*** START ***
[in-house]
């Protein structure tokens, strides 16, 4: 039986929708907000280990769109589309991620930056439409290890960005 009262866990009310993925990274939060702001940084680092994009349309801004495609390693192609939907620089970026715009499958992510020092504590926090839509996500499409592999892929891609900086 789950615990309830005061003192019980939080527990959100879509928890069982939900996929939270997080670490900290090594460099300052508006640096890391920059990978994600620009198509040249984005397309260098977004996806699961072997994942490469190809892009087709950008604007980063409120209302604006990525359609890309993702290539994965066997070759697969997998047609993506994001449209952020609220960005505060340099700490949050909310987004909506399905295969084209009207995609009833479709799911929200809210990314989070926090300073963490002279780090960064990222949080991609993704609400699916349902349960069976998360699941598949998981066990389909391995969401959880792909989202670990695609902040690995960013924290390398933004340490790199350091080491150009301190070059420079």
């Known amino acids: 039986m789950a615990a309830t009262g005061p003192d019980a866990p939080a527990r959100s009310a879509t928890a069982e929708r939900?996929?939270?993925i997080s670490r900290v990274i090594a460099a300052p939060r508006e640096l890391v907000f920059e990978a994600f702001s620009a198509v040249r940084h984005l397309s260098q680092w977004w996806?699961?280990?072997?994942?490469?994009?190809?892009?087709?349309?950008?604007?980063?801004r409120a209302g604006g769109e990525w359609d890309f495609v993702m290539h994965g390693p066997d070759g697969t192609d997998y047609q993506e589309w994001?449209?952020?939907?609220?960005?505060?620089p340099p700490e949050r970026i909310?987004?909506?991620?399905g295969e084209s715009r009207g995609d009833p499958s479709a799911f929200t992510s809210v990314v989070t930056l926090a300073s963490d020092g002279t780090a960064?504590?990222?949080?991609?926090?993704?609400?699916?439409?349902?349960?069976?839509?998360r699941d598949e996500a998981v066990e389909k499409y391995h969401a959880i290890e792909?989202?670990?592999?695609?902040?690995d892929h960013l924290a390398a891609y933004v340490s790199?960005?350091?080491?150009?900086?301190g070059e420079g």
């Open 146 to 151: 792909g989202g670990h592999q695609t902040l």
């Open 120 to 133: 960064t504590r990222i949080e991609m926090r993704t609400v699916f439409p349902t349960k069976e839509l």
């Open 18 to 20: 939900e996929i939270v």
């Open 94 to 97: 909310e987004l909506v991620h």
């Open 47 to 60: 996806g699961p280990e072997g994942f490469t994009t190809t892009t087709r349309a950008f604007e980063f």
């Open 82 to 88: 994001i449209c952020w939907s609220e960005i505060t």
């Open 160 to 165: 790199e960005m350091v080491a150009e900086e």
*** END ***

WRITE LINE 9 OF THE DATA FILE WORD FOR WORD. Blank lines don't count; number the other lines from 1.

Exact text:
């Open 82 to 88: 994001i449209c952020w939907s609220e960005i505060t």